This refers to the intricate surgical procedure in which the dead or dying nerve (dental pulp) is removed from the pulp chamber and canals within the tooth roots. The canals are then disinfected and sealed to enable the tooth to be restored into proper function for continued use in the mouth. Root canal treatment itself is generally fairly painless and is managed with just a local anesthetic. Post-treatment soreness is usually controlled with over-the-counter pain medications such as ibuprofen and/or acetaminophen for a day or two. Antibiotics may be used if the tooth infection had already spread into the bone, causing an abscess or cellulitis.
Teeth with advanced decay, recurring decay under deep fillings or internal cracks extending into the center of the tooth will often develop irreversible damage to the dental pulp. Eventually, without root canal treatment, the pulp will become infected and die (necrotic) and an abscess will develop in the jaw bone, eventually resulting in loss of the tooth. If the damage to the tooth is too extensive, then it may no longer be an option to save it using root canal treatment. In this case the tooth would need to be removed.
Signs and symptoms of teeth that may require root canal treatment would include the following:
- Constant aching or throbbing
- Throbbing that is worse while sleeping or wakes you up during the night
- Pain while biting or eating hot or cold foods, especially if the pain lingers for awhile
- More severe pain requiring medication to try to relieve it
- Swelling of the face or under the jaw
Sometimes it becomes necessary to remove teeth. Simple, straight forward extractions can often easily be accomplished in our office under a local anesthetic. This would include teeth that can no longer be restored due to extensive decay or cracks that involve the tooth’s root, teeth with severe bone loss as a result of uncontrolled gum disease, retained root tips, or baby teeth that sometimes develop problems during their exfoliation.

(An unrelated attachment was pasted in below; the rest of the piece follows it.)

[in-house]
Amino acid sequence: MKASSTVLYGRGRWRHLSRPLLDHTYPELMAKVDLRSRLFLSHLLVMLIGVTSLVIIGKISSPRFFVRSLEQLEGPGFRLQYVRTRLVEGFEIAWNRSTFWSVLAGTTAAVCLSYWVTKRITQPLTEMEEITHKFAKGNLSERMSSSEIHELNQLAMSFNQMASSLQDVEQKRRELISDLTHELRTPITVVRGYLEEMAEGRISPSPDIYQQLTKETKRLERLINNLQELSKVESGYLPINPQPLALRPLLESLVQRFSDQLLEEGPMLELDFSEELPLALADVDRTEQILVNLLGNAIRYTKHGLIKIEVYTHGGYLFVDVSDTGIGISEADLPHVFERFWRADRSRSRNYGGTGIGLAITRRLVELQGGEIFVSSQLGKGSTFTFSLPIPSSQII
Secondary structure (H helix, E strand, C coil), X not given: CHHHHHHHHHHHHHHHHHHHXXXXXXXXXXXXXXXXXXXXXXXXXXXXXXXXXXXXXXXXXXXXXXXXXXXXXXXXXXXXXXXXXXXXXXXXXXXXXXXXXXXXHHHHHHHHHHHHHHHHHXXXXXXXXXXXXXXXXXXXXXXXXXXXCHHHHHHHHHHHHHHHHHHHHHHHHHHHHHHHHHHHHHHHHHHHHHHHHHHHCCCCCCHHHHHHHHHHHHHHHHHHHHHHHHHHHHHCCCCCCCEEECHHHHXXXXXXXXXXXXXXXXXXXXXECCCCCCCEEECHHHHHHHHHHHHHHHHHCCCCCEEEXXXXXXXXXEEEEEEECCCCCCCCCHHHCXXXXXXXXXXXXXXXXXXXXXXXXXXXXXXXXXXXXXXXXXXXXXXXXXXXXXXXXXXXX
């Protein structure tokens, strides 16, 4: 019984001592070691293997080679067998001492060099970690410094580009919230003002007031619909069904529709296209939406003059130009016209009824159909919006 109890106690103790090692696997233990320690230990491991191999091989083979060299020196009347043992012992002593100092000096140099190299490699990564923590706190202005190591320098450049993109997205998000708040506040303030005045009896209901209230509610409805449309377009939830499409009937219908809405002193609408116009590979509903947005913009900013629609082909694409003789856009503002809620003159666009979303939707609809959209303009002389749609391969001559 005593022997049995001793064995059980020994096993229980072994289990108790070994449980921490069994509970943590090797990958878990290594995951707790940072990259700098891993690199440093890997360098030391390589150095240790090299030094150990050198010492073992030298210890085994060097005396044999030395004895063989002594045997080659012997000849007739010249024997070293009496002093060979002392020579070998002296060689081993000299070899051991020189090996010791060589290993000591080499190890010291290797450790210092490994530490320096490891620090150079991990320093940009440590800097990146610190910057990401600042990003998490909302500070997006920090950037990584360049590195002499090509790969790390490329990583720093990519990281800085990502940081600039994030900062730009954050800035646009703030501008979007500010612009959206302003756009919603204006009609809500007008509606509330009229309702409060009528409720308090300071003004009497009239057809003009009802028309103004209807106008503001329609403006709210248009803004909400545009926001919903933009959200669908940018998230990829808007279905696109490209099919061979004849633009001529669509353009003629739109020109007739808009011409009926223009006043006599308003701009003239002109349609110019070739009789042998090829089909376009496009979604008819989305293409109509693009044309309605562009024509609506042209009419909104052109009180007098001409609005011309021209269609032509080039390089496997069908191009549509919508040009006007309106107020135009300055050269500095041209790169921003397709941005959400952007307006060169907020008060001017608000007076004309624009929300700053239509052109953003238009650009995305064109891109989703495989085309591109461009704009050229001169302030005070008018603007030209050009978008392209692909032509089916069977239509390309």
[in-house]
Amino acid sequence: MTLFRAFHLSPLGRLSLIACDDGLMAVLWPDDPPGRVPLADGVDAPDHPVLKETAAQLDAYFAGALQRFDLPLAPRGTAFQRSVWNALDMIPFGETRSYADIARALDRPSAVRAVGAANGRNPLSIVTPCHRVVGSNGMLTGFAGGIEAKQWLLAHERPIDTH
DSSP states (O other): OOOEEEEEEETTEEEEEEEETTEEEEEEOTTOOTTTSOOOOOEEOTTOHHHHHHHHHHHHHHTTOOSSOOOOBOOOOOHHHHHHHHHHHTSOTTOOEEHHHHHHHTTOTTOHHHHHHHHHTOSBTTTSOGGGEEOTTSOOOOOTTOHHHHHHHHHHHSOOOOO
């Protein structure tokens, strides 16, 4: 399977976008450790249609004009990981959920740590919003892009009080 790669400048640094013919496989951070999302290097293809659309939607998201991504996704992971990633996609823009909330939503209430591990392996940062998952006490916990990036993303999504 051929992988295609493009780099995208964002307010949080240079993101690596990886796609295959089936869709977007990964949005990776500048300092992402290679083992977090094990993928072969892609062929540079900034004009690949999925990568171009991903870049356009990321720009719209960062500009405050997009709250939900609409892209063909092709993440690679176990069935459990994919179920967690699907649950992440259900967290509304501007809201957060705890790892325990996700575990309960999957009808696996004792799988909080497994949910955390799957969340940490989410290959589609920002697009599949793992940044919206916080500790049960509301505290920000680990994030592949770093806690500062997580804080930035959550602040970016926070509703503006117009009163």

On occasion, it may be necessary to refer a patient to an oral surgery specialist. Patients diagnosed with impacted teeth, more complicated extractions, a significant medical condition or when a general anesthetic is indicated, would be referred to an oral surgeon for treatment. We have a great professional relationship with all the area specialists and will provide you with a recommendation. In addition, the doctor will prepare and forward a referral letter to introduce you and to explain the diagnosis, requested treatment and any treatment concerns. Appropriate radiographs would also be forwarded for you.
Prosthodontics (Replacing Lost or Missing Teeth)
When all teeth are missing in the dental arch the most common way to replace them is by making a full removable denture. Most people are able to wear and use their dentures successfully. However with time, many people have more difficulty wearing their dentures. This may be the result of: continuing bone loss within the jaws; an unfavorable dental arch form; a dryer mouth because of decreasing salivary flow due to medications and/or aging; or the denture just being worn down. Often refitting (relining) or replacing an old denture with a new one can be helpful.
For some patients, dental implants can make a world of difference in their ability to wear dentures. Implants can provide the stability, retention and increased biting force patients need to restore self-confidence and comfort. Consider asking about converting your denture into an implant-supported denture.
A removable partial denture is made to replace missing teeth when only some of the teeth are missing from the dental arch. There are many different types and designs of removable partial dentures. The optimal design will depend on the number, condition of, and which teeth are still present. Dental implants can also be utilized to retain and support a partial denture.
When only one or a few teeth are missing, a fixed partial denture or fixed bridge can be made to restore the dental arch. A fixed bridge is permanently attached to either the adjacent teeth or it can be supported by dental implants. Because it is not taken in and out like a removable denture, the fixed bridge is easier to clean, more comfortable and feels more natural.
Everybody grinds their teeth together to some degree. Most of this grinding occurs while you are sleeping. When it becomes excessive we call it bruxing or night grinding. People who brux their teeth will display excessive wear and chipping on the biting edge of their front teeth, causing their teeth to appear shorter and worn down. Often the back teeth will show heavy wear, chipping, and cracked or broken cusps.
Although we can’t prevent you from grinding at night, we can help prevent the wear and damage that it causes to your teeth. A night guard is a dental appliance made to snugly fit and cover either your upper or lower teeth, preventing them from rubbing together while asleep.
Athletic Mouth Guards
A properly fitted mouth guard is of the upmost importance for participation in many sports, from football to basketball to hockey. Many people are unaware that unfitted store-bought mouth guards simply do not provide the protection necessary in these contact sports. At Martin Dental Care, we’ll custom-tailor your new mouth guard to not only protect your smile, but to help improve your breathing, your speech & even your athletic performance!